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Herpes simplex virus-2 genital tract shedding is not predictable over months or years in infected persons.

Dhankani V, Kutz JN, Schiffer JT - PLoS Comput. Biol. (2014)

Bottom Line: Empirical and model-derived, time-series data gathered over >30 days consists of multiple complex episodes that could not be reduced to a manageable number of descriptive features with PCA and SVD.However, single HSV-2 shedding episodes, even those with prolonged duration and complex morphologies consisting of multiple erratic peaks, were consistently described using a maximum of four dominant features.These findings suggest that HSV-2 shedding patterns within an individual are impossible to predict over weeks or months, and that even highly complex single HSV-2 episodes can only be partially predicted based on spatial distribution of immune cell density.

View Article: PubMed Central - PubMed

Affiliation: Department of Applied Mathematics, University of Washington, Seattle, Washington, United States of America.

ABSTRACT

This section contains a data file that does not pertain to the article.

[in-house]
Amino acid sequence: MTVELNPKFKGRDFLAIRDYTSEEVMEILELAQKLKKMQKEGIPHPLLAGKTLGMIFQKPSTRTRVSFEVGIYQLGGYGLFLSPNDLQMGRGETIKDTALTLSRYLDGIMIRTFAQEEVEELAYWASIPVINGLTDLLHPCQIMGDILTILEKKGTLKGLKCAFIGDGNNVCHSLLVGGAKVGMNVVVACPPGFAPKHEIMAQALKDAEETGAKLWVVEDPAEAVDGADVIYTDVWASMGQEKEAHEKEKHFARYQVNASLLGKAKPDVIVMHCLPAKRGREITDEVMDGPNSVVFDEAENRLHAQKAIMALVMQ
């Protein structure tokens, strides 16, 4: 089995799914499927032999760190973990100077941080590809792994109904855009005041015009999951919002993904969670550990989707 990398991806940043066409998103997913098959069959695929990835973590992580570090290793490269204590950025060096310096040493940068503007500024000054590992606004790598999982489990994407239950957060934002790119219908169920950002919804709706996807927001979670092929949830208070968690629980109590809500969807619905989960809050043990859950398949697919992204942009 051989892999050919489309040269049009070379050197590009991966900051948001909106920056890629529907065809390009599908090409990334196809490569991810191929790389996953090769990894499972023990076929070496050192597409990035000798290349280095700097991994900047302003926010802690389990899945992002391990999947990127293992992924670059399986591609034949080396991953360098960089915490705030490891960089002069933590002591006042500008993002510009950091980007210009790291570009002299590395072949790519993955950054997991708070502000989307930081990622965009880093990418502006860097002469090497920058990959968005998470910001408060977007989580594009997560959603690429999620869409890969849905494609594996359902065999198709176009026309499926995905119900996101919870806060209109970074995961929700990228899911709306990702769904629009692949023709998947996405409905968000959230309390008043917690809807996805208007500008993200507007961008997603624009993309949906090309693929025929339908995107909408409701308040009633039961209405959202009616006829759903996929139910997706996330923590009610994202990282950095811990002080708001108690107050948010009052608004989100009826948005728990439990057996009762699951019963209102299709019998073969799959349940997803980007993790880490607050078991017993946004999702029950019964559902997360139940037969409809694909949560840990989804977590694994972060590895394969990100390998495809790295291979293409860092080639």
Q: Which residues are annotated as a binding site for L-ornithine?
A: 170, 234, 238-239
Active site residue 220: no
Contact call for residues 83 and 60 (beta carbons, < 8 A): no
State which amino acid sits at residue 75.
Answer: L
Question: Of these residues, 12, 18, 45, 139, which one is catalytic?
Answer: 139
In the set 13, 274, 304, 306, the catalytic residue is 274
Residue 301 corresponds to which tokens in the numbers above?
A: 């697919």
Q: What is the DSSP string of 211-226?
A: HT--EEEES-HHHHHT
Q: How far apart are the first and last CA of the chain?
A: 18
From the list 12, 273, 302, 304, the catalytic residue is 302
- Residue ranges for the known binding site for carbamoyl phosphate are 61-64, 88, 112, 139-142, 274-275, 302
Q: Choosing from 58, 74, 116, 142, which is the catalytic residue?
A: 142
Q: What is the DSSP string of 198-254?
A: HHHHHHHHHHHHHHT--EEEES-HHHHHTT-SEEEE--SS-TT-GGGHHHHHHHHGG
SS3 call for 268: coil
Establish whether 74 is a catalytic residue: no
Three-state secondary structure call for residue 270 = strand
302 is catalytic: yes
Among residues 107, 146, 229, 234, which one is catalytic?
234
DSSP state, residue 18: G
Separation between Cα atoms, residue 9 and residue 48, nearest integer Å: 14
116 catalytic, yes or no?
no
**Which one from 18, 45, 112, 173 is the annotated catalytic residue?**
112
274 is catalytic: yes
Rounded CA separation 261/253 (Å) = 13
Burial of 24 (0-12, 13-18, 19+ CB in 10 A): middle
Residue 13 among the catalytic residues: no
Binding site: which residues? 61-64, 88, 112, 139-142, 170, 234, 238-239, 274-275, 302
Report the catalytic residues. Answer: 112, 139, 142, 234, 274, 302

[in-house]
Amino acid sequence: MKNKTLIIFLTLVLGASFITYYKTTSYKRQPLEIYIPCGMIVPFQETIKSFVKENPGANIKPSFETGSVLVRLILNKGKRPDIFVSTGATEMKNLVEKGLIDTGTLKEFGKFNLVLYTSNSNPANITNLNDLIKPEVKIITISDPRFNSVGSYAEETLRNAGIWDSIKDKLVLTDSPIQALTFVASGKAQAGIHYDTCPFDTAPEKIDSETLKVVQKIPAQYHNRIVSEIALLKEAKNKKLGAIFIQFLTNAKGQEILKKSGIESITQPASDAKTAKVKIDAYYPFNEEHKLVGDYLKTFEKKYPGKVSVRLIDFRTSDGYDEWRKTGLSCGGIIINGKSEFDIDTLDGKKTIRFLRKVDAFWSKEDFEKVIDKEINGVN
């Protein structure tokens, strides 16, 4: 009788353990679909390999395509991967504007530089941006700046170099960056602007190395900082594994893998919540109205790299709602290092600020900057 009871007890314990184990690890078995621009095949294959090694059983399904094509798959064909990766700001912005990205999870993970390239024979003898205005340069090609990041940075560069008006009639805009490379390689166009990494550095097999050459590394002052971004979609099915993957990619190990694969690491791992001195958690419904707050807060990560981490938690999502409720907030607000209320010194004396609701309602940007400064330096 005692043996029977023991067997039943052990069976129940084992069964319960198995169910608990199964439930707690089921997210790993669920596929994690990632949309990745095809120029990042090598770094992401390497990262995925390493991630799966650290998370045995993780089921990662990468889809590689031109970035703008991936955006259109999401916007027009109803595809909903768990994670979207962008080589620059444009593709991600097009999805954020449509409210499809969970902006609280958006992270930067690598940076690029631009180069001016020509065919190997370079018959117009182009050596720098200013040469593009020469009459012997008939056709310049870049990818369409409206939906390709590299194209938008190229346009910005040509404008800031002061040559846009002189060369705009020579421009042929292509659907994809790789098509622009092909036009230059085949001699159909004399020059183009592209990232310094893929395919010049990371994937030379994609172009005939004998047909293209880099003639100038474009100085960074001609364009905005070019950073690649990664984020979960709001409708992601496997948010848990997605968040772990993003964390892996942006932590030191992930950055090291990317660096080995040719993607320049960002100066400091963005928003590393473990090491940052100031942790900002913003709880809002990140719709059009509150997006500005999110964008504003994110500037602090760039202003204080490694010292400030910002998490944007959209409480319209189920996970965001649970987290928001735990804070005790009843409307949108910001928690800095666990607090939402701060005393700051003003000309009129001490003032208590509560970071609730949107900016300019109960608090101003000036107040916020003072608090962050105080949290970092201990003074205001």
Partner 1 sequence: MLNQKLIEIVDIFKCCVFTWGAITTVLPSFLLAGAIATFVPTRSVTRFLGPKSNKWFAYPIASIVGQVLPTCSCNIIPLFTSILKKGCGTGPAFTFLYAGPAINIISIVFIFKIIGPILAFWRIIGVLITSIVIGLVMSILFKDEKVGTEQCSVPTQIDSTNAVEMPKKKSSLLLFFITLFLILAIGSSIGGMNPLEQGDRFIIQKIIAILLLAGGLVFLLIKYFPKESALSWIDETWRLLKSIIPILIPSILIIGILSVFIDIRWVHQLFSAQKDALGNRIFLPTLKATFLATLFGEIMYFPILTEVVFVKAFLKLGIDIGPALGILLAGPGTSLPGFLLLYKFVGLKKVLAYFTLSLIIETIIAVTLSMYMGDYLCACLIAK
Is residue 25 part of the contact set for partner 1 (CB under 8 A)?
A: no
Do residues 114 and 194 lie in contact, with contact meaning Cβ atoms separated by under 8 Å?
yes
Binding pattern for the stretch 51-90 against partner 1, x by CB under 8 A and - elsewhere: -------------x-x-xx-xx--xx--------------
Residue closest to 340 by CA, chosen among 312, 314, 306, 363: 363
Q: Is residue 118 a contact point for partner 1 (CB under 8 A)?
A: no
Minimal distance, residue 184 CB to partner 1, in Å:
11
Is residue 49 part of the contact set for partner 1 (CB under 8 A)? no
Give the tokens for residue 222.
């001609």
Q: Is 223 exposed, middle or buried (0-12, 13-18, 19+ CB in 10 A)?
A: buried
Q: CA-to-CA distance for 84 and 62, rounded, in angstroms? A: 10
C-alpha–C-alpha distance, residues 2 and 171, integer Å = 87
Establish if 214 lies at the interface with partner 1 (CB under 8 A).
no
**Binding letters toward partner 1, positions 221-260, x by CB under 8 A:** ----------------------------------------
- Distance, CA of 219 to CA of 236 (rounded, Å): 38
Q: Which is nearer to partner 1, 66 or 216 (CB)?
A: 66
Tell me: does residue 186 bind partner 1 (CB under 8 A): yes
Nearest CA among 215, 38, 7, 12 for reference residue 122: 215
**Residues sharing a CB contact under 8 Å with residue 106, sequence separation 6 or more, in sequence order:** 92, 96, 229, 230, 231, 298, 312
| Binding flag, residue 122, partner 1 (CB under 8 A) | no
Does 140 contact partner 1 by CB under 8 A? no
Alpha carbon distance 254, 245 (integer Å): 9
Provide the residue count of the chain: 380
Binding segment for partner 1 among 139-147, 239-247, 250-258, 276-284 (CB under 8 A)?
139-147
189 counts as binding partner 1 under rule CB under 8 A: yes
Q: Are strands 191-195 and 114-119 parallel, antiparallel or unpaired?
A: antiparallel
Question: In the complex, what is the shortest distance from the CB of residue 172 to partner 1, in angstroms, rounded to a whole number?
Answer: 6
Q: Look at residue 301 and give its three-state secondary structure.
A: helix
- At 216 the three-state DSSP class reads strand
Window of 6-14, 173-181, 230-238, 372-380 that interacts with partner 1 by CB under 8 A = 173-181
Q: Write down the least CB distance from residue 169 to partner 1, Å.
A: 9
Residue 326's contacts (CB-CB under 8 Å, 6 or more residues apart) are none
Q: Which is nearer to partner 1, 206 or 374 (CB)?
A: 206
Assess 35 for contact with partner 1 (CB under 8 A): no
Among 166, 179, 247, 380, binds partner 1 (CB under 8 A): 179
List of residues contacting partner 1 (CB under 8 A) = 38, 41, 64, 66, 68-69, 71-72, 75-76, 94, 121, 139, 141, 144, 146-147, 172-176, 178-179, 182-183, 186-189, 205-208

Herpes simplex virus-2 (HSV-2) is a chronic reactivating infection that leads to recurrent shedding episodes in the genital tract. A minority of episodes are prolonged, and associated with development of painful ulcers. However, currently, available tools poorly predict viral trajectories and timing of reactivations in infected individuals. We employed principal components analysis (PCA) and singular value decomposition (SVD) to interpret HSV-2 genital tract shedding time series data, as well as simulation output from a stochastic spatial mathematical model. Empirical and model-derived, time-series data gathered over >30 days consists of multiple complex episodes that could not be reduced to a manageable number of descriptive features with PCA and SVD. However, single HSV-2 shedding episodes, even those with prolonged duration and complex morphologies consisting of multiple erratic peaks, were consistently described using a maximum of four dominant features. Modeled and clinical episodes had equivalent distributions of dominant features, implying similar dynamics in real and simulated episodes. We applied linear discriminant analysis (LDA) to simulation output and identified that local immune cell density at the viral reactivation site had a predictive effect on episode duration, though longer term shedding suggested chaotic dynamics and could not be predicted based on spatial patterns of immune cell density. These findings suggest that HSV-2 shedding patterns within an individual are impossible to predict over weeks or months, and that even highly complex single HSV-2 episodes can only be partially predicted based on spatial distribution of immune cell density.